ken,

    Negotiations work pretty well with defense contracts. The government gets increasingly sophisticated innovative hardware and the defense contractors make a pretty decent profit. Only an idiot would think that negotiations cannot work equally as well for prescription drug contracts.

    Yes, that $500 hammer was a heck of a negotiated price!

    As for this,

    Employers did that long ago. There is no need to duplicate coverage which only drives up the overall cost of medical care without providing a dimes worth more value.

    Cost will indeed go up as more people reach the age of eligibility. So what? Your alternative is what? Encourage early death instead?

    So you acknowledge that this will drive up the costs. Costs that the GAO says we cannot pay as they are currently scheduled. So you alternative is to expand the program. What a sure fire way to get that early death you seem so worried about. Brilliant ken, simply brilliant.

    Anderson,

    Yep, TANSTAAFL.

    If we accept that we have to have this plan, then allowing for some integration to include surgery, drug therapy, and other approaches to dealing with problems might also help contain costs. If the Democrats suggested something like that, it would be better, not great, but at least better, and a far cry better than the Republican’s best efforts to date.

    Honestly, now — medical care without meds is a fake. Unless we’re just going to abolish Medicare (which we’re NOT, Steve … I see that look on your face!), then we’ve got to come up with something for prescription meds.

    Heh. Well, why not, there is Larry Kotlikoff’s plan. Despite ken’s assertions, I’m not some ogre that wants the old to simply crawl into a corner and die. If we are going to take this issue seriously, I think we should consider junking the current program and look for alternatives that will still keep the elderly from suffering. Right?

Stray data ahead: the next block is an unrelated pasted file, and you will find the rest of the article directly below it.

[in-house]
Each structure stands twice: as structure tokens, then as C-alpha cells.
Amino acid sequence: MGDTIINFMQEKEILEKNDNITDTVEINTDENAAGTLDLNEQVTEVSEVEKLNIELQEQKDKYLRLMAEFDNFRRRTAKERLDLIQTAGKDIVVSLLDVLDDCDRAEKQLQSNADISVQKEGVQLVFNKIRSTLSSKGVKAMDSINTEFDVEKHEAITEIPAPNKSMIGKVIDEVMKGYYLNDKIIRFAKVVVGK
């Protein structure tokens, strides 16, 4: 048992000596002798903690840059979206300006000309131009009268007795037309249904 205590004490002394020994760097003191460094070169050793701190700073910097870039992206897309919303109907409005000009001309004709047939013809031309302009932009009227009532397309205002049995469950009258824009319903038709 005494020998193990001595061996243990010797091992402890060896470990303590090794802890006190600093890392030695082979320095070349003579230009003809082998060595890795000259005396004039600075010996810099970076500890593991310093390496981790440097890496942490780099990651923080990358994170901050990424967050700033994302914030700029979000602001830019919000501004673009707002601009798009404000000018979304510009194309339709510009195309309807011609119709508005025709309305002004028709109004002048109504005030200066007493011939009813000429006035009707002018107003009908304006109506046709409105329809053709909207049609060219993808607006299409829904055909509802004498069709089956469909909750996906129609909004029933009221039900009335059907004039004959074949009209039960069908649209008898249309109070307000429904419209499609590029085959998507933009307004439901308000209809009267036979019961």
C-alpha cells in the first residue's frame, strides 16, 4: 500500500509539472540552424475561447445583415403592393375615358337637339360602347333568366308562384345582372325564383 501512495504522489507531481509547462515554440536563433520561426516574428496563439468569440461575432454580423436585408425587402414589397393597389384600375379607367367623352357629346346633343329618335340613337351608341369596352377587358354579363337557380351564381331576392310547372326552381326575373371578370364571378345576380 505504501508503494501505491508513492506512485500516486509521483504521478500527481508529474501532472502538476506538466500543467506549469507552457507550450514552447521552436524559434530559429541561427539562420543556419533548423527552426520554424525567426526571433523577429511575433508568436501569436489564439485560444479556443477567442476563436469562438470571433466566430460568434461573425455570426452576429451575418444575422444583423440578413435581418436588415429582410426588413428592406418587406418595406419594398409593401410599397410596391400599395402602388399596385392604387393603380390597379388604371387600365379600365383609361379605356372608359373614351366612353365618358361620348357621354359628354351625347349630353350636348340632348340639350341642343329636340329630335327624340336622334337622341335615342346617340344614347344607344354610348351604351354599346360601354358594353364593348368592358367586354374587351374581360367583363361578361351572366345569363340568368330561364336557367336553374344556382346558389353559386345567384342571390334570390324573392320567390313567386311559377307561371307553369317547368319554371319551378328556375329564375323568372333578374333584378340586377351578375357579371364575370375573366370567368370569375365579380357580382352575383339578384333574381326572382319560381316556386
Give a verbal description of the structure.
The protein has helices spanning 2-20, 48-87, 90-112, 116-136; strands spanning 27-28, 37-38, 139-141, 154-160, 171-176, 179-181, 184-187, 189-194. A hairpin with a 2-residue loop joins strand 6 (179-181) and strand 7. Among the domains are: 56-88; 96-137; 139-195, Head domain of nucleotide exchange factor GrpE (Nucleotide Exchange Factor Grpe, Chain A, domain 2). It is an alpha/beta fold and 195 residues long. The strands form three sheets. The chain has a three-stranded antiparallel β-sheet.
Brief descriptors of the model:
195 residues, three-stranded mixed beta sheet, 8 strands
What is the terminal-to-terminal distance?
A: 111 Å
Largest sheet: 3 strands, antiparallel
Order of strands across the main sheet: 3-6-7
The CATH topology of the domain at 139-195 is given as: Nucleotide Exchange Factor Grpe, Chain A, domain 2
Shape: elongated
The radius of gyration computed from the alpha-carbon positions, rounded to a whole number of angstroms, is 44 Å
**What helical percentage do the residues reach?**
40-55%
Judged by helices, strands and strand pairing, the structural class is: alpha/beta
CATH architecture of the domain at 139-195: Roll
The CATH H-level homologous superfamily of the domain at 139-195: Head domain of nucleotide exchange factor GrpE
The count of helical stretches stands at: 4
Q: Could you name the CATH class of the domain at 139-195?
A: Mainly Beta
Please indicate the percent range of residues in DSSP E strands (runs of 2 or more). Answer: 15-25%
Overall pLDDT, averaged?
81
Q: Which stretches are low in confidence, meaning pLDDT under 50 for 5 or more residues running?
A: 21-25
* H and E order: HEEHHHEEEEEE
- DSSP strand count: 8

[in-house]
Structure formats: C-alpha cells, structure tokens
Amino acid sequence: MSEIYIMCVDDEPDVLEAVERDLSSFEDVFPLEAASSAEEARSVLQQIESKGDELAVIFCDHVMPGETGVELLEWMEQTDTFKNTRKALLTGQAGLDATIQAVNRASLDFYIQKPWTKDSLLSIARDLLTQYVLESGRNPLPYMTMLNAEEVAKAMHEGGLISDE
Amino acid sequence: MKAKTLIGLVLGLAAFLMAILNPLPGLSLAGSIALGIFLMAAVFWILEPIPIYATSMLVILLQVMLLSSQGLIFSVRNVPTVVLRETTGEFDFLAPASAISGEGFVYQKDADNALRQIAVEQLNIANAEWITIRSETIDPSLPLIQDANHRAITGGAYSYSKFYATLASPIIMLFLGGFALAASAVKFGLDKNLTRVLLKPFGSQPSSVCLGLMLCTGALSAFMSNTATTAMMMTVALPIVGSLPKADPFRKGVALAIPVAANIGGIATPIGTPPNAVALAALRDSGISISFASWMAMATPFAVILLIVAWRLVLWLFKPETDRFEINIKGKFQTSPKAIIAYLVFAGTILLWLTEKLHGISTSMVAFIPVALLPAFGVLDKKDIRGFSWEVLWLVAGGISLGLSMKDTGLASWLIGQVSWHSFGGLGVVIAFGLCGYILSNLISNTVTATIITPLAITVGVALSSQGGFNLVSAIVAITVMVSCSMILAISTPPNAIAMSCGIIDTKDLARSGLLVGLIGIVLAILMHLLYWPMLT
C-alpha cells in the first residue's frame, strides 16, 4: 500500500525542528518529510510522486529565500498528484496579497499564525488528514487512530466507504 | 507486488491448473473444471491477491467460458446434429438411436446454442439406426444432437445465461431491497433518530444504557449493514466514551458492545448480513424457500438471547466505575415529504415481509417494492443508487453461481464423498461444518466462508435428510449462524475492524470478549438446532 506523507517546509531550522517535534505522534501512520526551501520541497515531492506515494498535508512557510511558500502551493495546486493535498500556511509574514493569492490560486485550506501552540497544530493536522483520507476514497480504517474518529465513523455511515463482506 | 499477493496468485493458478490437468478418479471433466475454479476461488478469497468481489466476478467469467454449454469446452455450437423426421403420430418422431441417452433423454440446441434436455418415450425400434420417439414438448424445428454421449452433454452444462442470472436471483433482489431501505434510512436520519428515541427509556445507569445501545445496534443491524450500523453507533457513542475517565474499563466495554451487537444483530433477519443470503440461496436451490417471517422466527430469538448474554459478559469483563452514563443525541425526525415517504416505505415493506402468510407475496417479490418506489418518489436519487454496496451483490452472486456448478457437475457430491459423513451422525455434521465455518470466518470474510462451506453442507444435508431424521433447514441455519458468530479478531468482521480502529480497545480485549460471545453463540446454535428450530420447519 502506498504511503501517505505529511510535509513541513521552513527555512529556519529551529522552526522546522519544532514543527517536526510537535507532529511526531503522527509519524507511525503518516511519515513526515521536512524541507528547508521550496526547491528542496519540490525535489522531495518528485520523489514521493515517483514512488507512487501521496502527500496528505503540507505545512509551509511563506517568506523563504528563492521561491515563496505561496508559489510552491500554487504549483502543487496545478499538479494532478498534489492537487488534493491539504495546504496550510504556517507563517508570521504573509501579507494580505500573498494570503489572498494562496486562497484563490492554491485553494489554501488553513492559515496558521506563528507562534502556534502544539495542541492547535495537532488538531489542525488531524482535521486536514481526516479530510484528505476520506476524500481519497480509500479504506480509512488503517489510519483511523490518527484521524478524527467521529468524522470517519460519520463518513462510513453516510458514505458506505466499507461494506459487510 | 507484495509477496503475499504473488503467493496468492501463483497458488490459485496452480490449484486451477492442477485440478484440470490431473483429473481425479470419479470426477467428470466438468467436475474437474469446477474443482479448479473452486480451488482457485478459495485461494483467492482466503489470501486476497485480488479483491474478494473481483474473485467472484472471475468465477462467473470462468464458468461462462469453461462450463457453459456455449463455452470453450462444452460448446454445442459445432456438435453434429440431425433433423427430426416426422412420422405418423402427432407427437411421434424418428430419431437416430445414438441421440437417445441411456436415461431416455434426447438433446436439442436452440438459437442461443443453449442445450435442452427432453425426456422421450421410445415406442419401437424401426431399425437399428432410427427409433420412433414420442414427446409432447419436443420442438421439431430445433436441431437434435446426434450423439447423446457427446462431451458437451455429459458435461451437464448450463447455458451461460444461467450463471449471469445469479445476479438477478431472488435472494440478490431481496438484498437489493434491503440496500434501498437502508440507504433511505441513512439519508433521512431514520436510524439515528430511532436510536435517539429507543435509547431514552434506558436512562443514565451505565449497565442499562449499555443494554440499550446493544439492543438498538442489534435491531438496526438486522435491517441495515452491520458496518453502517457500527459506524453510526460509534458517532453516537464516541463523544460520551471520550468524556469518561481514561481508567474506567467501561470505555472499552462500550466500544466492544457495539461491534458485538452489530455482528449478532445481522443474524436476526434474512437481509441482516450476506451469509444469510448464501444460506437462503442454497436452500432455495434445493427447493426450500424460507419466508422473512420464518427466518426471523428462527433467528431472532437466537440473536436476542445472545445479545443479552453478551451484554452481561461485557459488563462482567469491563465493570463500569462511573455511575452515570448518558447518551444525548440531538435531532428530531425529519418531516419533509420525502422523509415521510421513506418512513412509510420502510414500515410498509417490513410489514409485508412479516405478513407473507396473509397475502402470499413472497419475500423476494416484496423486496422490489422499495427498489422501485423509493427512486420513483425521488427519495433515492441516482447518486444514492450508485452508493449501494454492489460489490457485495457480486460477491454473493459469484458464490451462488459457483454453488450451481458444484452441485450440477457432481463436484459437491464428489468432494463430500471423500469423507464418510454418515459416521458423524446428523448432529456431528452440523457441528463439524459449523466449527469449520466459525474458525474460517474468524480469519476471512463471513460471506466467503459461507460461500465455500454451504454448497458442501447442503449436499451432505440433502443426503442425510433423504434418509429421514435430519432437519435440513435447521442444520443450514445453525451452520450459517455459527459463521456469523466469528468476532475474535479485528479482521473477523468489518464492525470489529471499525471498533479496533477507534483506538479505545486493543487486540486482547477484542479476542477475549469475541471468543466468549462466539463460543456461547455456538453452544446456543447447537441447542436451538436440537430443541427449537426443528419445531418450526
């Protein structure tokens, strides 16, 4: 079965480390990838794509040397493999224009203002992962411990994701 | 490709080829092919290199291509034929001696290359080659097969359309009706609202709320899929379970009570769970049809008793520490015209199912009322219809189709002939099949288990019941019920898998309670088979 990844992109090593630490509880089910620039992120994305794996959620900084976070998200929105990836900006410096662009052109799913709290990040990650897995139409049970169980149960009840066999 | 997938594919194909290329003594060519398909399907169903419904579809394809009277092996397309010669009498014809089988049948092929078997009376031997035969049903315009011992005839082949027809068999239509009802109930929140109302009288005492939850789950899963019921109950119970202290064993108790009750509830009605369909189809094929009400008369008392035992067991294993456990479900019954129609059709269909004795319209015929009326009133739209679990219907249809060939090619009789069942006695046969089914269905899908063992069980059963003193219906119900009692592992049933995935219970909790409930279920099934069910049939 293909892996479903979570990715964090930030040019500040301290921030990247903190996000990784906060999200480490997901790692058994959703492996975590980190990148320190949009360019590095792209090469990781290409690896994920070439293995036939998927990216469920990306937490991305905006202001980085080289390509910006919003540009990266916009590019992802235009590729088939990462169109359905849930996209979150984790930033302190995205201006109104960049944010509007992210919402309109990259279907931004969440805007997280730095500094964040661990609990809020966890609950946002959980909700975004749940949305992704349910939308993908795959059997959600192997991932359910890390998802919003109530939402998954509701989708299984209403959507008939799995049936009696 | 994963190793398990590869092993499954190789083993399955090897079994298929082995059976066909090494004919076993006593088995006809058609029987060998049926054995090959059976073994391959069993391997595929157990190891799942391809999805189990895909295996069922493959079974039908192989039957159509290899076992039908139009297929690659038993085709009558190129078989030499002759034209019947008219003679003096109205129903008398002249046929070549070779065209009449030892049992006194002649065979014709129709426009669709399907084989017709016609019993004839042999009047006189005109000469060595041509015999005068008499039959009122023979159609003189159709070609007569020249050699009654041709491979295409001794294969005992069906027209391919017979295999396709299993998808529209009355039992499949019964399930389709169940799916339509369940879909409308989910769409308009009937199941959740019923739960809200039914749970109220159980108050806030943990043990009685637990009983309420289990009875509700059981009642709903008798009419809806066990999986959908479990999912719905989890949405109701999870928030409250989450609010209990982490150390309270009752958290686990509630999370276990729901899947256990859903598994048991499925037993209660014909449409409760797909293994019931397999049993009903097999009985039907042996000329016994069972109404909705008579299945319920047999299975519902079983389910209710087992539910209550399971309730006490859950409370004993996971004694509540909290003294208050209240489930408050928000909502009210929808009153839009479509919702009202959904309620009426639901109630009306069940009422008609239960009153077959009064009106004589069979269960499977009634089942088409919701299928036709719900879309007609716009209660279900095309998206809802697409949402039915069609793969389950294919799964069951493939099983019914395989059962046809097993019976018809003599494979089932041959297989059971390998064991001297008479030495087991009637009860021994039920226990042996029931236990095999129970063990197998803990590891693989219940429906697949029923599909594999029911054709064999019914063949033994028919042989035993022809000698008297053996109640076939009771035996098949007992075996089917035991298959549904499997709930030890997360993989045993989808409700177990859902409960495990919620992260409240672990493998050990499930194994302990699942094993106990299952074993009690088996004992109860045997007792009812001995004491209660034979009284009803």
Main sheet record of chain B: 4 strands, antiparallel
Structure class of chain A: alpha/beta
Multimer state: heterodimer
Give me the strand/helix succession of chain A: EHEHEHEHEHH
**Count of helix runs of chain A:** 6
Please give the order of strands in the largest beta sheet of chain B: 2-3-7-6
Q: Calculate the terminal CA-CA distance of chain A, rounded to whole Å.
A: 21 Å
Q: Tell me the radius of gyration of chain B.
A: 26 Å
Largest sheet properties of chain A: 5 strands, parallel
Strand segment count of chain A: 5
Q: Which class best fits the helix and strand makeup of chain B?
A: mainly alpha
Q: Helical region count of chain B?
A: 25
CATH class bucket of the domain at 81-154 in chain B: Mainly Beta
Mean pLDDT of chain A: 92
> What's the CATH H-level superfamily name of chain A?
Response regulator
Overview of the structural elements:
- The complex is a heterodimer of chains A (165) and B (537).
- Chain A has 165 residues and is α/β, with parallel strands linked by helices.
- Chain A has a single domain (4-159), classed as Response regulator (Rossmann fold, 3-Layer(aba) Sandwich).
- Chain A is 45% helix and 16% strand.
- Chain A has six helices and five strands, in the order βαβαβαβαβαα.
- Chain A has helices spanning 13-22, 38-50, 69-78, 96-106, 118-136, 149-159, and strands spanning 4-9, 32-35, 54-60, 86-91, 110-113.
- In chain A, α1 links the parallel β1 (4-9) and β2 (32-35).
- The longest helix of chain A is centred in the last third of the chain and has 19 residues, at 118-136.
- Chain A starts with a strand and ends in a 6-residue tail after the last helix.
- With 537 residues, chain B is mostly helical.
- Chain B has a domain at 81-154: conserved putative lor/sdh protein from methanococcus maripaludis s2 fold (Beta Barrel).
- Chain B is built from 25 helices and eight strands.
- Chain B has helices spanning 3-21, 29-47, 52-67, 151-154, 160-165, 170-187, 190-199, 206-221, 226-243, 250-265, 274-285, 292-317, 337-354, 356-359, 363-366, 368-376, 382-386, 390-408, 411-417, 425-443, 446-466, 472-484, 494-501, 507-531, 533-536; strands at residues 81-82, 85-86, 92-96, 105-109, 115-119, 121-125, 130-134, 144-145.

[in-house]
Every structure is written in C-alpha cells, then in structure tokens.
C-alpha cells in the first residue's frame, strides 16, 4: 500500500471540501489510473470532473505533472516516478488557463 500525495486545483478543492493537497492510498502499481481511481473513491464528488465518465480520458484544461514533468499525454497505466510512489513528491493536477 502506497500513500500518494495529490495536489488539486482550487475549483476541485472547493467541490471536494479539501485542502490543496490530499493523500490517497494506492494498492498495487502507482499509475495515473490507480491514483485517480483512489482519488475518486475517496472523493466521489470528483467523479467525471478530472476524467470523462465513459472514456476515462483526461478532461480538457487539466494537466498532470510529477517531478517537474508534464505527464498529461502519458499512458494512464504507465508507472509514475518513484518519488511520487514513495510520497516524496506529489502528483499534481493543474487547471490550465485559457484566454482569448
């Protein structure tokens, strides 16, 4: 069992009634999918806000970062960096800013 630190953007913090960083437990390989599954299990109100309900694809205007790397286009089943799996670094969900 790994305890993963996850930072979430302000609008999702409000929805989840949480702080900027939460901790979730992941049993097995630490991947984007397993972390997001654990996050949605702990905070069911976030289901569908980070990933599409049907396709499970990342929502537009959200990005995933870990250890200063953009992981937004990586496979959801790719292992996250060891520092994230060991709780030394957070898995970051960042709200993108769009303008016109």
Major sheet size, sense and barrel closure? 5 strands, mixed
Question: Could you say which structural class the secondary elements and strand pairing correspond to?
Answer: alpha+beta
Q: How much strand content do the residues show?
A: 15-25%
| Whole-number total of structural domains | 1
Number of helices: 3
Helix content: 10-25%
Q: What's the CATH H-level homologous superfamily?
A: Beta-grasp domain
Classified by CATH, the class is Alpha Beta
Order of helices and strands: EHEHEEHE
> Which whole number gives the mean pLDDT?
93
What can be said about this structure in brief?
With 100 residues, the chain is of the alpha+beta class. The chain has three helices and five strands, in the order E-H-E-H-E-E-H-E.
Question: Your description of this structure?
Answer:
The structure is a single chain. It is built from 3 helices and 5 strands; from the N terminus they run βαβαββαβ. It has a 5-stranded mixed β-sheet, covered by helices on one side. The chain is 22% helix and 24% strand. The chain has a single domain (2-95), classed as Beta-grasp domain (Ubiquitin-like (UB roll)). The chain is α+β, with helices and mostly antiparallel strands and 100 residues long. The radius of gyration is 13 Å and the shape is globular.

6. just me says:

    You missed another problem with the dictated price (and Ken the government doesn’t negotiate with providers for medicaid coverage, they dictate how much they will pay, why would it be any different for drug benefits?)-while it will likely put a damper on research and development, there is another area where the companies can make the difference and that is by passing on the cost to consumers by marketing the drugs at a higher price.

  7. Anderson says:

    I think we should consider junking the current program

    Daydreams for academics. Medicare is a wildly popular program. What pol wants AARP death squads at his door? The Sunnis got nothin’ on them, trust me.

  8. Steve Verdon says:

    Daydreams for academics. Medicare is a wildly popular program. What pol wants AARP death squads at his door? The Sunnis got nothin’ on them, trust me.

    Then unless a miracle happens like lots of baby boomers suddenly drop dead, amazing advances in science, or something else un-foreseen the budget picture is going to get very grim and it will start to have serious impacts on the economy as well.

  9. Steve Verdon says:

    Oh, and those seniors and the AARP will be screwed too as there simply wont be enough money.